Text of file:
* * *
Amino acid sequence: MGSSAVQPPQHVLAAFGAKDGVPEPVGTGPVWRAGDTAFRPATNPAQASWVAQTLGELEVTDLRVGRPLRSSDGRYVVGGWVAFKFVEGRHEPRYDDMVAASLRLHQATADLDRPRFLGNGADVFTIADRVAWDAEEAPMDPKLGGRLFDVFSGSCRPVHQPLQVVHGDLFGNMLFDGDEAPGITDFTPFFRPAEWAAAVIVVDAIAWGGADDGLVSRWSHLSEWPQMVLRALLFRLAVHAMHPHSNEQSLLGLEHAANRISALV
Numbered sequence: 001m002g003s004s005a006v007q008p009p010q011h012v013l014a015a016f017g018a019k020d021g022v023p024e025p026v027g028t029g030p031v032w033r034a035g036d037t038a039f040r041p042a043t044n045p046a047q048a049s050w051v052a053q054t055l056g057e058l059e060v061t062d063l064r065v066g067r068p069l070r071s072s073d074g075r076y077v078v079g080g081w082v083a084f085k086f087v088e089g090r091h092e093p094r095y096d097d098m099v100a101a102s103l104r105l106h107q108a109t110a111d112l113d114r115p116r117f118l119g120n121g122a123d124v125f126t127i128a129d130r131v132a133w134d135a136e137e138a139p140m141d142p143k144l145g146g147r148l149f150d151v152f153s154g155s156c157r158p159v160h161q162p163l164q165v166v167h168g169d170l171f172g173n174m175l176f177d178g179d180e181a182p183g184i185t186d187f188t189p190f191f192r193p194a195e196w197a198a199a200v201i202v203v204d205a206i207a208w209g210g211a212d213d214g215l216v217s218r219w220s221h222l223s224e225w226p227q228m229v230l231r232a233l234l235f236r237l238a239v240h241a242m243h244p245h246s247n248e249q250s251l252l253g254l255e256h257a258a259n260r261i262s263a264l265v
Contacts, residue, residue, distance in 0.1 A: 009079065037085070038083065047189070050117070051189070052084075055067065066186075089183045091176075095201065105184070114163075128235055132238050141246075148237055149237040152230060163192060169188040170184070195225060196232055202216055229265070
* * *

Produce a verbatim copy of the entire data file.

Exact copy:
Amino acid sequence: MGSSAVQPPQHVLAAFGAKDGVPEPVGTGPVWRAGDTAFRPATNPAQASWVAQTLGELEVTDLRVGRPLRSSDGRYVVGGWVAFKFVEGRHEPRYDDMVAASLRLHQATADLDRPRFLGNGADVFTIADRVAWDAEEAPMDPKLGGRLFDVFSGSCRPVHQPLQVVHGDLFGNMLFDGDEAPGITDFTPFFRPAEWAAAVIVVDAIAWGGADDGLVSRWSHLSEWPQMVLRALLFRLAVHAMHPHSNEQSLLGLEHAANRISALV
Numbered sequence: 001m002g003s004s005a006v007q008p009p010q011h012v013l014a015a016f017g018a019k020d021g022v023p024e025p026v027g028t029g030p031v032w033r034a035g036d037t038a039f040r041p042a043t044n045p046a047q048a049s050w051v052a053q054t055l056g057e058l059e060v061t062d063l064r065v066g067r068p069l070r071s072s073d074g075r076y077v078v079g080g081w082v083a084f085k086f087v088e089g090r091h092e093p094r095y096d097d098m099v100a101a102s103l104r105l106h107q108a109t110a111d112l113d114r115p116r117f118l119g120n121g122a123d124v125f126t127i128a129d130r131v132a133w134d135a136e137e138a139p140m141d142p143k144l145g146g147r148l149f150d151v152f153s154g155s156c157r158p159v160h161q162p163l164q165v166v167h168g169d170l171f172g173n174m175l176f177d178g179d180e181a182p183g184i185t186d187f188t189p190f191f192r193p194a195e196w197a198a199a200v201i202v203v204d205a206i207a208w209g210g211a212d213d214g215l216v217s218r219w220s221h222l223s224e225w226p227q228m229v230l231r232a233l234l235f236r237l238a239v240h241a242m243h244p245h246s247n248e249q250s251l252l253g254l255e256h257a258a259n260r261i262s263a264l265v
Contacts, residue, residue, distance in 0.1 A: 009079065037085070038083065047189070050117070051189070052084075055067065066186075089183045091176075095201065105184070114163075128235055132238050141246075148237055149237040152230060163192060169188040170184070195225060196232055202216055229265070